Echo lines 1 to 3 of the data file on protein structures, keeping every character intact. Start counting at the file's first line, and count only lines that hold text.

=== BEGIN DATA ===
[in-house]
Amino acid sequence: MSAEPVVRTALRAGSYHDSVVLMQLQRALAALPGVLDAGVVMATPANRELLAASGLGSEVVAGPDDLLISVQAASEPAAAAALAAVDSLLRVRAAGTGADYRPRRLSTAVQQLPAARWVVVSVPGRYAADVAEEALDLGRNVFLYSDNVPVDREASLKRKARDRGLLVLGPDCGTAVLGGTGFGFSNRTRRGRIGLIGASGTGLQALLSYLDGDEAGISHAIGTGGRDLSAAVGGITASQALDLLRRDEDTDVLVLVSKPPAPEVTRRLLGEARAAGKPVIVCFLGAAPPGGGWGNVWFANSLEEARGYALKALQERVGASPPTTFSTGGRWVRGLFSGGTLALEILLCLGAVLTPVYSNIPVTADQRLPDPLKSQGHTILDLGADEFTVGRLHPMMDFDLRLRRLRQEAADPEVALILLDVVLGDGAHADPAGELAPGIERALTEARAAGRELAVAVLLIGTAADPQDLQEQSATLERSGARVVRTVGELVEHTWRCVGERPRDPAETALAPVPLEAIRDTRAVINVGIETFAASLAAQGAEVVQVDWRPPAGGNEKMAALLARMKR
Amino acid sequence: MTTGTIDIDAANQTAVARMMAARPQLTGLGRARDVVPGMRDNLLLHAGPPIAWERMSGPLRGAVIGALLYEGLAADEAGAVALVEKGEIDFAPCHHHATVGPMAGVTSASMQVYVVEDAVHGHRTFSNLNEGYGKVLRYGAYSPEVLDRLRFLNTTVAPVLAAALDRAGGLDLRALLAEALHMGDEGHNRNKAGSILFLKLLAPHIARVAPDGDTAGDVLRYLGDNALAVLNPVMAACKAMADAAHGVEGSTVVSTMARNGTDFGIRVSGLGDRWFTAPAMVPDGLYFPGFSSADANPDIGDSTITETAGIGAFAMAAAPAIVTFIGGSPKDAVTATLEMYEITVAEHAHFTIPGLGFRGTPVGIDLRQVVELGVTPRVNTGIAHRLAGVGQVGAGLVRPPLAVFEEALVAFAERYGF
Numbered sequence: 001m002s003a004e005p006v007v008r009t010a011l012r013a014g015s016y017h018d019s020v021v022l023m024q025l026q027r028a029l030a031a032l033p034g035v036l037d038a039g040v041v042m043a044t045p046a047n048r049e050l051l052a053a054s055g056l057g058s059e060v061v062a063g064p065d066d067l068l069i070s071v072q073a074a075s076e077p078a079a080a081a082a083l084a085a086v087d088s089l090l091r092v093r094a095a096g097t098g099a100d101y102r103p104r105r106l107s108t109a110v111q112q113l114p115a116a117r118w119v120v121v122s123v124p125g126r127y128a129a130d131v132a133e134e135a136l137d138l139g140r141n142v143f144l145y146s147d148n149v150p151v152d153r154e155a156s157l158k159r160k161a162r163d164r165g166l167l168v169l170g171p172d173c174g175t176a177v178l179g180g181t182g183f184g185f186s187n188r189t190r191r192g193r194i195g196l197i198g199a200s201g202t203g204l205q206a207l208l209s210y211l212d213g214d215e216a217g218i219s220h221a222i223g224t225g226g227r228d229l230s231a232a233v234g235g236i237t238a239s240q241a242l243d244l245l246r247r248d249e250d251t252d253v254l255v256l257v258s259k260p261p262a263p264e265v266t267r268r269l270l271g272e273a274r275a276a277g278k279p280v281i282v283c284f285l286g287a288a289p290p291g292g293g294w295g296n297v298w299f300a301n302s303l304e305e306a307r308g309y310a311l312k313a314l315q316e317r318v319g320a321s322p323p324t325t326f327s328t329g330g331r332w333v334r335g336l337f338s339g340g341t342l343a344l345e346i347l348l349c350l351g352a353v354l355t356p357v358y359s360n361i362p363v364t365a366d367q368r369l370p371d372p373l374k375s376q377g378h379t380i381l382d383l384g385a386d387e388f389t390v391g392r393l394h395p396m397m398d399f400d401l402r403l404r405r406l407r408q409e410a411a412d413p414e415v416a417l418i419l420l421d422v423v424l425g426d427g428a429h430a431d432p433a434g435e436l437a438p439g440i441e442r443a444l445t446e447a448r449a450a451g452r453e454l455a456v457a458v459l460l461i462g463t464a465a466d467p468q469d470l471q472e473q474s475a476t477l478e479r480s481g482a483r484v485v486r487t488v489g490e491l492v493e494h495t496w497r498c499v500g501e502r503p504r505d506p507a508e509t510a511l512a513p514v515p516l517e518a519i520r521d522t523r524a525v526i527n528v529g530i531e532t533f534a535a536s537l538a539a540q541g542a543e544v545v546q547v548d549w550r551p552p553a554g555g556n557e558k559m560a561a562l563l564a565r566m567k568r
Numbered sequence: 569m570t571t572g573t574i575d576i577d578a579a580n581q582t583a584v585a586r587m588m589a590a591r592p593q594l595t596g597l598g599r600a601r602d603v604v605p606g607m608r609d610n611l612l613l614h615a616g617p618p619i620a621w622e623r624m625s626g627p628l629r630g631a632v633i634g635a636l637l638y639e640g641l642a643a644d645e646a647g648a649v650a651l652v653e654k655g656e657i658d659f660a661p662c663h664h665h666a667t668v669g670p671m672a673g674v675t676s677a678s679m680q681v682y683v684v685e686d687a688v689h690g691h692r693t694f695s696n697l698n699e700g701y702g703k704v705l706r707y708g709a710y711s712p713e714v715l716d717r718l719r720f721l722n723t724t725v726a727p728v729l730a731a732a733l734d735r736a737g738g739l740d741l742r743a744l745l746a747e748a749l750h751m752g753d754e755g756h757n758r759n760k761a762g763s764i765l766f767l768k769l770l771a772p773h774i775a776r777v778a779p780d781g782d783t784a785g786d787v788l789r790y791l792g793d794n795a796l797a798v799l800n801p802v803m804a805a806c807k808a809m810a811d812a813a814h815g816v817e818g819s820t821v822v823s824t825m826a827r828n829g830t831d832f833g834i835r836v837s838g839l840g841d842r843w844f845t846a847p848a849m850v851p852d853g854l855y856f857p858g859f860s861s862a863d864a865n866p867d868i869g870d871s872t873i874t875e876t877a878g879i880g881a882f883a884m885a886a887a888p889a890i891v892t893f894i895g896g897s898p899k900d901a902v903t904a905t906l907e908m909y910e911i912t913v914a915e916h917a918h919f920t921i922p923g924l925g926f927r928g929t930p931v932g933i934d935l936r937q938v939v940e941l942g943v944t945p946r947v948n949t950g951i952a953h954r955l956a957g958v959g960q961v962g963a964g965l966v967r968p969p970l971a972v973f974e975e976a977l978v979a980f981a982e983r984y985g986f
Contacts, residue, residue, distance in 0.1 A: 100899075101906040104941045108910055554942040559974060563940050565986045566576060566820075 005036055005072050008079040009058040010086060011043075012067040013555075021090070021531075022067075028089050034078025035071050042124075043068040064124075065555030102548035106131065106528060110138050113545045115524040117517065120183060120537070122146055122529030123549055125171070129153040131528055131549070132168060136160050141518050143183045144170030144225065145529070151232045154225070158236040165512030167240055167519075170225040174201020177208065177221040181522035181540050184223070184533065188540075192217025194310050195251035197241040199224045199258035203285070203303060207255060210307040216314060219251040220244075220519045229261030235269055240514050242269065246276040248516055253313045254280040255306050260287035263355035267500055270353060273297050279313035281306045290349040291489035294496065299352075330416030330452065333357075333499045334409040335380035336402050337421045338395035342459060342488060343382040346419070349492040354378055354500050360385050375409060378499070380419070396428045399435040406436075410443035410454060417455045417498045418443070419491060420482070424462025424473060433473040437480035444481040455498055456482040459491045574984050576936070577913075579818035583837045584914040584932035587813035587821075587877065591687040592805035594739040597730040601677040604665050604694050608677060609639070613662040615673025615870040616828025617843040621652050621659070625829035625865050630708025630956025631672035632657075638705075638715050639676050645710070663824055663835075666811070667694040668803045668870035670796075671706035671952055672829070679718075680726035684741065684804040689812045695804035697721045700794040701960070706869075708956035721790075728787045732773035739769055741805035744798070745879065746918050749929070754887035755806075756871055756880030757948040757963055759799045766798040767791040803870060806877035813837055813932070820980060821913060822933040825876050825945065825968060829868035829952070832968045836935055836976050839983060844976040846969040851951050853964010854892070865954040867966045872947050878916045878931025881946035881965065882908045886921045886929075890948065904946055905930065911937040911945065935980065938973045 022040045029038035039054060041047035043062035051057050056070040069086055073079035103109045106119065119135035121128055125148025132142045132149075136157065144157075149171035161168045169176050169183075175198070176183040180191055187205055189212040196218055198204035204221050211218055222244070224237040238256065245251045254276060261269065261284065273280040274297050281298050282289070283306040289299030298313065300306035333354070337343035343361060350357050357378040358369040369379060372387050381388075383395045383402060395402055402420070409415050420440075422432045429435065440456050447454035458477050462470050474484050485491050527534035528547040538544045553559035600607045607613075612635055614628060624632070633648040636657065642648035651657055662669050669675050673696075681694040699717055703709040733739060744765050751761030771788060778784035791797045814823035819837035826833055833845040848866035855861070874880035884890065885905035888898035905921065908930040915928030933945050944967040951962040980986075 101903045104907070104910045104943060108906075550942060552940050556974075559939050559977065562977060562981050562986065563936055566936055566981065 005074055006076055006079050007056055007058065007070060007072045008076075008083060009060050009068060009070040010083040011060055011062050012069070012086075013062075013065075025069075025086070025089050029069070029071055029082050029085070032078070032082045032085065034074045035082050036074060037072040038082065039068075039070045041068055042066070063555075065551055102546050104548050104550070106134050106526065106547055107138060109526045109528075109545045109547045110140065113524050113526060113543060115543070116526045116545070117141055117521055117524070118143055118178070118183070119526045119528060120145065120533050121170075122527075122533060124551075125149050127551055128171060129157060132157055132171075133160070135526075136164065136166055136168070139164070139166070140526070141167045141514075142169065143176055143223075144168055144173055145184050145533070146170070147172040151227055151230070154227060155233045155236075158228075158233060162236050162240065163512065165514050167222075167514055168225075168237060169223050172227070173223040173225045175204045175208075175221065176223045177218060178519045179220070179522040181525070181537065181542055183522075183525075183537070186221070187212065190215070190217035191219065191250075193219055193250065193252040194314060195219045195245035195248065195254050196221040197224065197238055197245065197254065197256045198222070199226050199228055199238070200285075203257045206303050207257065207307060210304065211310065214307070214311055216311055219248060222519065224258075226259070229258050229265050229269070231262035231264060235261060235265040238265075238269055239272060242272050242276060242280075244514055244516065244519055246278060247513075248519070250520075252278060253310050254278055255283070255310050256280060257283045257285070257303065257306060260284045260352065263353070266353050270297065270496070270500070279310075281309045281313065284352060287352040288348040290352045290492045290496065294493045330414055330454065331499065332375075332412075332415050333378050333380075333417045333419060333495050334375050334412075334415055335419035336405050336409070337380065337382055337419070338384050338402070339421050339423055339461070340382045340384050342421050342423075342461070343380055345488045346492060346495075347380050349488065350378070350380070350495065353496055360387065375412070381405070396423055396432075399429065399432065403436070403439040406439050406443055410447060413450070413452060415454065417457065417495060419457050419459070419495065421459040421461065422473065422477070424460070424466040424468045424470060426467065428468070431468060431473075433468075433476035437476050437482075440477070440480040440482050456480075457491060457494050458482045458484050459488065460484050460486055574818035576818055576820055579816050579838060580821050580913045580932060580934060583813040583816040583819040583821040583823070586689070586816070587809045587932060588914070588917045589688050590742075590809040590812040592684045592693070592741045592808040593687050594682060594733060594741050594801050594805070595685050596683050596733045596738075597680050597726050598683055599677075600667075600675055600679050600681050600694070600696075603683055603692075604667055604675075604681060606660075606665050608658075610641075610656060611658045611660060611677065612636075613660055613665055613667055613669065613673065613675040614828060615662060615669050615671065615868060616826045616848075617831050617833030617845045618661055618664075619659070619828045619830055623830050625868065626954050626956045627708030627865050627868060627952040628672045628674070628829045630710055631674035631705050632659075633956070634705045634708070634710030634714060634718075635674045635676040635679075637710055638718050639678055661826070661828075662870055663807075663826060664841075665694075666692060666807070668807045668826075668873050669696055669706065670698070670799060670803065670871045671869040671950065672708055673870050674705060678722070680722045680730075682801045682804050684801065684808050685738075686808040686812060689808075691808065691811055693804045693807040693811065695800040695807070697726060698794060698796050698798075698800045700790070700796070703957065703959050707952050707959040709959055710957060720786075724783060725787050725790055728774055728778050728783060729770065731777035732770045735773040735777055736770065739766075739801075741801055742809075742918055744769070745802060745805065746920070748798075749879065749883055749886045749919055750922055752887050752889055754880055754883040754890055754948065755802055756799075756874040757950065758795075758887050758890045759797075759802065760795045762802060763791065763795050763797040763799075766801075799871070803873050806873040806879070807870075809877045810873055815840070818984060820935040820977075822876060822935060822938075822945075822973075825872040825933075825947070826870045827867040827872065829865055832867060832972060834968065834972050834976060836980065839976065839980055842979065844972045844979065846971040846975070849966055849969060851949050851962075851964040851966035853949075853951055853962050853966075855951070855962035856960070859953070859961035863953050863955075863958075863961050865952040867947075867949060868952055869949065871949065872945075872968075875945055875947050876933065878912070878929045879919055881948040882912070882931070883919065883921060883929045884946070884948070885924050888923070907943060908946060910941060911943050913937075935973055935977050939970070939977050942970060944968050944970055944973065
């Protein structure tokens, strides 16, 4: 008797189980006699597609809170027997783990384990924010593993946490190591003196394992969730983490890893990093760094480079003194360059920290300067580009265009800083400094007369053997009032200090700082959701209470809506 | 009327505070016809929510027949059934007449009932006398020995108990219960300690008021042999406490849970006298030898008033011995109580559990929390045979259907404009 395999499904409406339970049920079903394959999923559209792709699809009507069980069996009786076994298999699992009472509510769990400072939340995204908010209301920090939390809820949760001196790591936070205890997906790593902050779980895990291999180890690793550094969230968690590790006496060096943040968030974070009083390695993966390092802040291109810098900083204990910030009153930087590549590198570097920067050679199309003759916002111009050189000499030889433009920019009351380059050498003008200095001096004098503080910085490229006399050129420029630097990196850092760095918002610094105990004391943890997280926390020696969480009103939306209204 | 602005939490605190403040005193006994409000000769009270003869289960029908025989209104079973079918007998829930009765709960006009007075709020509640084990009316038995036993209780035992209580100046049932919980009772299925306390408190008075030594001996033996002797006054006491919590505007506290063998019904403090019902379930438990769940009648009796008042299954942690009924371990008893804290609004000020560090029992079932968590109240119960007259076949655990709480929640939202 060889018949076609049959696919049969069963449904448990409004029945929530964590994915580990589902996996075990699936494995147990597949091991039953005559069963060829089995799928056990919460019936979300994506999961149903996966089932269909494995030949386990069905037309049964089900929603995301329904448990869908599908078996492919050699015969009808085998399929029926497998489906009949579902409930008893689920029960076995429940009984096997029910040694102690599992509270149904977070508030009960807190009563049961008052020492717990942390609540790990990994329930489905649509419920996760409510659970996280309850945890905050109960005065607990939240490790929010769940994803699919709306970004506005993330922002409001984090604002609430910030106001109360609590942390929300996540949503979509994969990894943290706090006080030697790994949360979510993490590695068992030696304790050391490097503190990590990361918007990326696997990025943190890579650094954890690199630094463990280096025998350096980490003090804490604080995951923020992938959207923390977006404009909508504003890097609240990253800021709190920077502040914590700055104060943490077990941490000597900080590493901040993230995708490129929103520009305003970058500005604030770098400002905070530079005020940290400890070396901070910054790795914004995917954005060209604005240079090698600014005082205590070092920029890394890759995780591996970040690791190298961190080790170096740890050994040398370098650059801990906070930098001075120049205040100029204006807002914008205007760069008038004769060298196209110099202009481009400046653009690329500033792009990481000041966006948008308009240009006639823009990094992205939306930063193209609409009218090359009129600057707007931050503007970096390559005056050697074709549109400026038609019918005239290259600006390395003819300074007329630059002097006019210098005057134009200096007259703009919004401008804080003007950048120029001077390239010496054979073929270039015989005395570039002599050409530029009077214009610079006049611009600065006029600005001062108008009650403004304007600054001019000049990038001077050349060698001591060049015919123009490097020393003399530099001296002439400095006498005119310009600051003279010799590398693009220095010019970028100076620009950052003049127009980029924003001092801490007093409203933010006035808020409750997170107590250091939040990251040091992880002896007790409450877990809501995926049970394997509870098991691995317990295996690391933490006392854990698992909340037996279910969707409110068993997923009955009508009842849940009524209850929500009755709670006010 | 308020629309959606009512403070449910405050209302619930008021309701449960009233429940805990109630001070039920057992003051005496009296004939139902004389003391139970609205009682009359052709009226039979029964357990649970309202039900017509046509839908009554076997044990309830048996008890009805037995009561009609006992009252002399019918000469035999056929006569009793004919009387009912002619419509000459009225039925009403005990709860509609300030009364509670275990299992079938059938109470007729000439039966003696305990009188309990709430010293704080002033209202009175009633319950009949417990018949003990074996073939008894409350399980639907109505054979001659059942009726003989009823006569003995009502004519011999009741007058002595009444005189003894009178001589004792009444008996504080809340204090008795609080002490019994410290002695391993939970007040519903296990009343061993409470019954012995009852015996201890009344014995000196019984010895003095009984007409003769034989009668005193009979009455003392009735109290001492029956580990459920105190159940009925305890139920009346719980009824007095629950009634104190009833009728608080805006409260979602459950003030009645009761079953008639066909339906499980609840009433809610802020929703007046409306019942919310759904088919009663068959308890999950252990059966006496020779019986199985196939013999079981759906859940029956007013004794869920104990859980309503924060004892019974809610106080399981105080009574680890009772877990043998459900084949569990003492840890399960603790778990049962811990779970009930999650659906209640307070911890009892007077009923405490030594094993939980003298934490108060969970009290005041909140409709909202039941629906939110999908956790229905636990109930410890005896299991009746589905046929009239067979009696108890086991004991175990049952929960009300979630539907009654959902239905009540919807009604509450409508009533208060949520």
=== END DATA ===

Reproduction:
[in-house]
Amino acid sequence: MSAEPVVRTALRAGSYHDSVVLMQLQRALAALPGVLDAGVVMATPANRELLAASGLGSEVVAGPDDLLISVQAASEPAAAAALAAVDSLLRVRAAGTGADYRPRRLSTAVQQLPAARWVVVSVPGRYAADVAEEALDLGRNVFLYSDNVPVDREASLKRKARDRGLLVLGPDCGTAVLGGTGFGFSNRTRRGRIGLIGASGTGLQALLSYLDGDEAGISHAIGTGGRDLSAAVGGITASQALDLLRRDEDTDVLVLVSKPPAPEVTRRLLGEARAAGKPVIVCFLGAAPPGGGWGNVWFANSLEEARGYALKALQERVGASPPTTFSTGGRWVRGLFSGGTLALEILLCLGAVLTPVYSNIPVTADQRLPDPLKSQGHTILDLGADEFTVGRLHPMMDFDLRLRRLRQEAADPEVALILLDVVLGDGAHADPAGELAPGIERALTEARAAGRELAVAVLLIGTAADPQDLQEQSATLERSGARVVRTVGELVEHTWRCVGERPRDPAETALAPVPLEAIRDTRAVINVGIETFAASLAAQGAEVVQVDWRPPAGGNEKMAALLARMKR
Amino acid sequence: MTTGTIDIDAANQTAVARMMAARPQLTGLGRARDVVPGMRDNLLLHAGPPIAWERMSGPLRGAVIGALLYEGLAADEAGAVALVEKGEIDFAPCHHHATVGPMAGVTSASMQVYVVEDAVHGHRTFSNLNEGYGKVLRYGAYSPEVLDRLRFLNTTVAPVLAAALDRAGGLDLRALLAEALHMGDEGHNRNKAGSILFLKLLAPHIARVAPDGDTAGDVLRYLGDNALAVLNPVMAACKAMADAAHGVEGSTVVSTMARNGTDFGIRVSGLGDRWFTAPAMVPDGLYFPGFSSADANPDIGDSTITETAGIGAFAMAAAPAIVTFIGGSPKDAVTATLEMYEITVAEHAHFTIPGLGFRGTPVGIDLRQVVELGVTPRVNTGIAHRLAGVGQVGAGLVRPPLAVFEEALVAFAERYGF